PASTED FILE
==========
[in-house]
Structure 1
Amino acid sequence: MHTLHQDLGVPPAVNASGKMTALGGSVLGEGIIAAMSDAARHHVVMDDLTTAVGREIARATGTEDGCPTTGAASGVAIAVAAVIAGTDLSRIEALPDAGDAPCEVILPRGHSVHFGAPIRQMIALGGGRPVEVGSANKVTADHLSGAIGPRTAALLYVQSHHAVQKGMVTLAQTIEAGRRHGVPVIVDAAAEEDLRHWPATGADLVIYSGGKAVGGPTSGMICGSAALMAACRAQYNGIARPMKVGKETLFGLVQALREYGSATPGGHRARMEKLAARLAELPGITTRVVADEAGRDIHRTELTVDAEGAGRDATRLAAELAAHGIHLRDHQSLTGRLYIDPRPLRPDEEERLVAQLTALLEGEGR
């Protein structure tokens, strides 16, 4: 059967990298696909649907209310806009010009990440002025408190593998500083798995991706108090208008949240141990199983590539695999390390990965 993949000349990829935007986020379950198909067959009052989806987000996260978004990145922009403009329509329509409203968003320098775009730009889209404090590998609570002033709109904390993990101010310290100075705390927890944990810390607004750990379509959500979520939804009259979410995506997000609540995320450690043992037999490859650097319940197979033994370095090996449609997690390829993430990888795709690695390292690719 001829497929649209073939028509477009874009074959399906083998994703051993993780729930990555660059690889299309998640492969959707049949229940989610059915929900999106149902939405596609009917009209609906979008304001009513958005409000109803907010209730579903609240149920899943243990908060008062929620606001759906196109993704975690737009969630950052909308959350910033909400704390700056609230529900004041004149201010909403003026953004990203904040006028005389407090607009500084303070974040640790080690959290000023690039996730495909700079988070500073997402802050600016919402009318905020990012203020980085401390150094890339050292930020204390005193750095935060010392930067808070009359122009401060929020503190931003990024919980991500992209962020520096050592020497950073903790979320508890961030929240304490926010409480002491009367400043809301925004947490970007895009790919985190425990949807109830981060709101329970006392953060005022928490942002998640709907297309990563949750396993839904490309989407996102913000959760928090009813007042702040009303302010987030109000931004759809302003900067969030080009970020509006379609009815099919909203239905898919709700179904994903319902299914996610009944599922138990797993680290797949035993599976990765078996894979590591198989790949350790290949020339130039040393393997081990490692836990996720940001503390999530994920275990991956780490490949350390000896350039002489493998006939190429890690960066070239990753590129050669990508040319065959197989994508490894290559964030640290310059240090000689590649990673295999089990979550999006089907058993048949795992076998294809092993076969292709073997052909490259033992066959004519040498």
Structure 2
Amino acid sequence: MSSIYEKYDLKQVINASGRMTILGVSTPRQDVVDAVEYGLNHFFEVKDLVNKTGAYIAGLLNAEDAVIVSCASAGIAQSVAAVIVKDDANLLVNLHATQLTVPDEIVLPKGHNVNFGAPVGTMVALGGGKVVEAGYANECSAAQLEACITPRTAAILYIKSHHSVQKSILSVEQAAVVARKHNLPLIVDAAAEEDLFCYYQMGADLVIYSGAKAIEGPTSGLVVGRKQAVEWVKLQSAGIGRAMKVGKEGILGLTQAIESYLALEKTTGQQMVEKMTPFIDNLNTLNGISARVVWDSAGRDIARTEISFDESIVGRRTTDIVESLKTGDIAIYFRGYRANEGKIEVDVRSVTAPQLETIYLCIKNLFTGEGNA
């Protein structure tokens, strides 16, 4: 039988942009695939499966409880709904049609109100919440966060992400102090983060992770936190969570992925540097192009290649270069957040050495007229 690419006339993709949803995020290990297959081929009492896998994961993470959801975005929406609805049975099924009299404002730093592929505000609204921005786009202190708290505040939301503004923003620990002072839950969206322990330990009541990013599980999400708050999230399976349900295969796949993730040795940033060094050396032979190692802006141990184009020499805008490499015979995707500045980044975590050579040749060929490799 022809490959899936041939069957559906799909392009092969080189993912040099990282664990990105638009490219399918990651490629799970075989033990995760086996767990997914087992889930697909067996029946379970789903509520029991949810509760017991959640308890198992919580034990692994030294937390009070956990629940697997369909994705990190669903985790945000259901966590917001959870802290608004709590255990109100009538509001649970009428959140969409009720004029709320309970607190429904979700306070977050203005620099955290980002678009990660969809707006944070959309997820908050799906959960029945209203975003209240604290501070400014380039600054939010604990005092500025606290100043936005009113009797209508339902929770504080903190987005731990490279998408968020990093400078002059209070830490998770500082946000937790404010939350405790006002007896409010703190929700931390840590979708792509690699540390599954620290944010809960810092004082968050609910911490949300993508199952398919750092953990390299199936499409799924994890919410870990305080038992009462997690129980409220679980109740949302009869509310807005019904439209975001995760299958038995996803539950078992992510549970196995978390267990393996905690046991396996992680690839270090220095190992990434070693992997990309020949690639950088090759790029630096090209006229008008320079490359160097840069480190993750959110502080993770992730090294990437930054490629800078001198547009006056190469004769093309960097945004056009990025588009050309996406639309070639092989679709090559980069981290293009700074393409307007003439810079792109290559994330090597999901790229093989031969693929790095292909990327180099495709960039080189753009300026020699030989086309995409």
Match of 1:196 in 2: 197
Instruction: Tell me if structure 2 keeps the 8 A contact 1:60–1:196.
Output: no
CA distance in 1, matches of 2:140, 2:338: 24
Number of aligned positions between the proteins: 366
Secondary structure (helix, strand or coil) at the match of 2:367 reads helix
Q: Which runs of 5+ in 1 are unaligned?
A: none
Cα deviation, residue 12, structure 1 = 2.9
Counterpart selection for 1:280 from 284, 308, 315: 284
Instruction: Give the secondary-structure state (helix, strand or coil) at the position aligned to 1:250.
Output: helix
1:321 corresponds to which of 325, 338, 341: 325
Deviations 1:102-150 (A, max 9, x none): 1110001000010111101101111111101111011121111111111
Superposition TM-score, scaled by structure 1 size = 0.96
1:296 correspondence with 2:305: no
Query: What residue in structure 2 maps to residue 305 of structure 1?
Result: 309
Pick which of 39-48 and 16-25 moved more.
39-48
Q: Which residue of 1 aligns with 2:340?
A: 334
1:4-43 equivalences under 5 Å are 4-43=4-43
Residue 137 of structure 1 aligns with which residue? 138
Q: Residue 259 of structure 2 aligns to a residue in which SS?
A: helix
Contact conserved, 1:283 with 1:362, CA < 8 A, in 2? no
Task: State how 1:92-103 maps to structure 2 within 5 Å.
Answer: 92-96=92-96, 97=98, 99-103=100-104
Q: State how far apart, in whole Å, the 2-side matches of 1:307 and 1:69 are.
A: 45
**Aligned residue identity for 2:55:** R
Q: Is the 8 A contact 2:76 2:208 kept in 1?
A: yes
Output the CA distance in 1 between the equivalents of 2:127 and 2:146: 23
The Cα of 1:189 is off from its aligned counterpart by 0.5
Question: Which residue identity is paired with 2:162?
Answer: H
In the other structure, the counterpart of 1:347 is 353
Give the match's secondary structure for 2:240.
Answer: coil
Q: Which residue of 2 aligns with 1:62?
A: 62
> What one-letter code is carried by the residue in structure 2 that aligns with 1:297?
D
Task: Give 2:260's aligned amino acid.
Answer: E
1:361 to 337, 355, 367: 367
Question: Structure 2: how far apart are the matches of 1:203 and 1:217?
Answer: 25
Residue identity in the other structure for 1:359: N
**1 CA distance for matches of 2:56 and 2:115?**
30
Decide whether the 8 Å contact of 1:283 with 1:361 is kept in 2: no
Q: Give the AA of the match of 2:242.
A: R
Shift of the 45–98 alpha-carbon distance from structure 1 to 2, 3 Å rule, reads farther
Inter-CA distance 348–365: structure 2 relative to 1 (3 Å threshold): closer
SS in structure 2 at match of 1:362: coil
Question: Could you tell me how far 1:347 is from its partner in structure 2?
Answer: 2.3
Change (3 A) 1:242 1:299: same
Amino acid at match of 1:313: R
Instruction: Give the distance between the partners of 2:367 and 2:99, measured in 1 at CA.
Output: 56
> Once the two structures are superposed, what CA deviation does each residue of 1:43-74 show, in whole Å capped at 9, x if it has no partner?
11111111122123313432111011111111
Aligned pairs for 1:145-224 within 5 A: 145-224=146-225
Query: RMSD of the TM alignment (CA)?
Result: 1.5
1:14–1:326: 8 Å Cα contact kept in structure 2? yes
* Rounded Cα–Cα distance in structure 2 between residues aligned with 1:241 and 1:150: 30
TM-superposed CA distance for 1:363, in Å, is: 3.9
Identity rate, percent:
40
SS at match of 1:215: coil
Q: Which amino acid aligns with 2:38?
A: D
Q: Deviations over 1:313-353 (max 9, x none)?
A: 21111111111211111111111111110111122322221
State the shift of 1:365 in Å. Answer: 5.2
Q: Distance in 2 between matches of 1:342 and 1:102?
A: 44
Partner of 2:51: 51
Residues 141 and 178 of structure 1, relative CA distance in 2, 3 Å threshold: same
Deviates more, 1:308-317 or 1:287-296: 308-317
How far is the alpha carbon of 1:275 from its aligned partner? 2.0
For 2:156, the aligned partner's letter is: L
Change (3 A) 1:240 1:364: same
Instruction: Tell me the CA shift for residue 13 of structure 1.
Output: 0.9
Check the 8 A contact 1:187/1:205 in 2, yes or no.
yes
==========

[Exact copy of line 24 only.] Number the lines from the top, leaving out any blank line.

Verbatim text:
Query: What residue in structure 2 maps to residue 305 of structure 1?